DeAndre Hopkins Might Be Overvalued in Fantasy Football This Year

DeAndre Hopkins became an elite wide receiver in fantasy football last year, but things could regress a bit in 2016.

Mad Men was a great show.

But it wasn't the greatest show I've ever seen.

I'll drop a "Not great, Bob!" reference in every 15 or so articles I write (maybe even every 11 or 12) because the short clip is so perfect. And the show produced a lot of those perfect moments, whether they were hilarious quotes from Roger Sterling, detailed, emotional pitches from Don Draper, or -- spoiler alert! -- a dude's foot getting chopped up in the office by a lawn mower.

I loved Mad Men. But plenty of people liked the show a lot more than I did.

I love DeAndre Hopkins. But plenty of people are going to like him more than I do in fantasy football entering the 2016 season.

Here's why.

A Tale of Two Halves

It's important for me to say that I do believe Hopkins is a top-flight, elite receiver in not only fantasy football, but real football as well. Last season, per our Net Expected Points (NEP) metric, only Odell Beckham, Julio Jones, and Antonio Brown were more valuable than Hopkins was.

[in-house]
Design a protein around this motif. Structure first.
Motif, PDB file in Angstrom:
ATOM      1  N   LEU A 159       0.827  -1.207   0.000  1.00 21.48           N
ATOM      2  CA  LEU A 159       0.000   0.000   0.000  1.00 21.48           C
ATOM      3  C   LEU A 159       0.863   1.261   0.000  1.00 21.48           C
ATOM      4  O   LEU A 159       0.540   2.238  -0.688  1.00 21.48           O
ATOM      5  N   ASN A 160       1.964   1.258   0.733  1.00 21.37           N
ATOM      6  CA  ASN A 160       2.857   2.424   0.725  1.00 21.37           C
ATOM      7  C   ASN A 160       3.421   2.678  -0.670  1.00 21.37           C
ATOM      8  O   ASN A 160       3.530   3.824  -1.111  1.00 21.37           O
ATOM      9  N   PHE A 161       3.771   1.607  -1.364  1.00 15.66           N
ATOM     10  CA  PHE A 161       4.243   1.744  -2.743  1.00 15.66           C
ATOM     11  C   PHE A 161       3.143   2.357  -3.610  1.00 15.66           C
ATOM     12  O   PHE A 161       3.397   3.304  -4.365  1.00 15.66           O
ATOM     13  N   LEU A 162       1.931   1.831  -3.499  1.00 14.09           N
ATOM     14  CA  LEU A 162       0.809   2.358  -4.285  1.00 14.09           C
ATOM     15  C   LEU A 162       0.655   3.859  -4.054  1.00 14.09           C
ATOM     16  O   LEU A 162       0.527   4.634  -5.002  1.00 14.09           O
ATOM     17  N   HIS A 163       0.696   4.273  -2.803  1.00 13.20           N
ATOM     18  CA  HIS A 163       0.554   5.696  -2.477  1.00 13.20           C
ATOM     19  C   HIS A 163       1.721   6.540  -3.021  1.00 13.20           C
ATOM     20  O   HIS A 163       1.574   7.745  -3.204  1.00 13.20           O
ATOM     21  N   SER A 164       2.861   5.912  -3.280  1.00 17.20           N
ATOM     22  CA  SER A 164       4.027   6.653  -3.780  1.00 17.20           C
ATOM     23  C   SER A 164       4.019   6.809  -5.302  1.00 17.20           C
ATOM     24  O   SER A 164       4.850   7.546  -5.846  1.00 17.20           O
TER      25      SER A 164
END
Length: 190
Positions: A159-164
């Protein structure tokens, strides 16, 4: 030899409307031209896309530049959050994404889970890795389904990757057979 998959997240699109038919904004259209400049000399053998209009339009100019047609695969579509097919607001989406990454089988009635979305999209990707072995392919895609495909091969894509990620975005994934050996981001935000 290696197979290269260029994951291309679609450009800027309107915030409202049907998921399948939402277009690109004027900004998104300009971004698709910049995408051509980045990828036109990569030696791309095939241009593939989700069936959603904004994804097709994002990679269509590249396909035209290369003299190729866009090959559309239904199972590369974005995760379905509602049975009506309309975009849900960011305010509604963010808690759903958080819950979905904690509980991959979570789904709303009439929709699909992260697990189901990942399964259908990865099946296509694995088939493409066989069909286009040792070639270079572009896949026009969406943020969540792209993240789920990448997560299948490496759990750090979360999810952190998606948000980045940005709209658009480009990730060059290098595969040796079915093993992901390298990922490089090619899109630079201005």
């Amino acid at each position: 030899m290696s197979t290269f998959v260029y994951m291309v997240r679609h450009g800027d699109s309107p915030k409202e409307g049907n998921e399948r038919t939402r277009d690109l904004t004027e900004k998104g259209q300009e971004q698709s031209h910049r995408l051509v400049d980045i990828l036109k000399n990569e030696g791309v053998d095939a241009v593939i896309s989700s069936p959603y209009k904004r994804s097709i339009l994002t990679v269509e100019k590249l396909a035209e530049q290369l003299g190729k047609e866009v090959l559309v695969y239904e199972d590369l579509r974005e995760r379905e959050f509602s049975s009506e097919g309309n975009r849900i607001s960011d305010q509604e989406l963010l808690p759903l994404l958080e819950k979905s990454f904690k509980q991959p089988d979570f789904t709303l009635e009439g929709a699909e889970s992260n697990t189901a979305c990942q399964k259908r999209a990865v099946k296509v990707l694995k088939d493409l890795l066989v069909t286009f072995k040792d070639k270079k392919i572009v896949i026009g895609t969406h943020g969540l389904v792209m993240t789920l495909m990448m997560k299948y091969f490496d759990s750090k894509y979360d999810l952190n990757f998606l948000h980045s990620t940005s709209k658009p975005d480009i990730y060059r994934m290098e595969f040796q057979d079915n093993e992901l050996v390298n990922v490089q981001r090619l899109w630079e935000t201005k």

But last year was a little strange for Hopkins and the Texans offense. If you recall, the Texans weren't very good to start the season, beginning the year 2-5 before finishing 9-7 and making the playoffs.

It was during that stretch of bad Texans football where Hopkins made a name for himself as one of fantasy football's best wideouts. Take a look at his volume numbers and weekly PPR finishes at wide receiver below through those first seven games -- games that came before a big four-game winning streak by Houston.

Week Team Opponent Targets Weekly Rank (PPR)
1 HOU KC 13 2nd
2 HOU CAR 11 48th
3 HOU TB 14 12th
4 HOU ATL 22 5th
5 HOU IND 14 1st
6 HOU JAX 15 1st
7 HOU MIA 12 33rd

Through the first seven weeks of the season, Hopkins finished in the top-five in weekly scoring four different times. For reference, Julio Jones did that a total of five times all of last season (albeit he had a few more top-10 finishes).

Hopkins was a beast. A monster.

He also saw a hell of a lot of targets.

Over this seven-game span, Hopkins never fell below 11 targets in a game, averaging 14.43 looks per contest. (Even without the 22-target game, he was averaging over 13 targets each game.) Had he kept that pace, he would've finished with nearly 231 targets, which would have shattered the record of 208 targets in a single season.

Obviously we're not talking about Hopkins' record-breaking volume because, well, Hopkins didn't continue to see that volume.

As I said, the Texans were bad to start the 2015 season. The team's defense -- the one that carried them to the playoffs -- ranked as the 23rd-best one according to our schedule-adjusted metrics after Week 7.

That poor defense ended up forcing a pass-happy gameplan. The Texans were playing from behind often -- they had a negative game script -- which meant more passes at the end of games in order to catch up.

Through Week 7, only five teams had a higher pass-to-run ratio than Houston: Detroit, New England, San Diego, Indianapolis and Miami.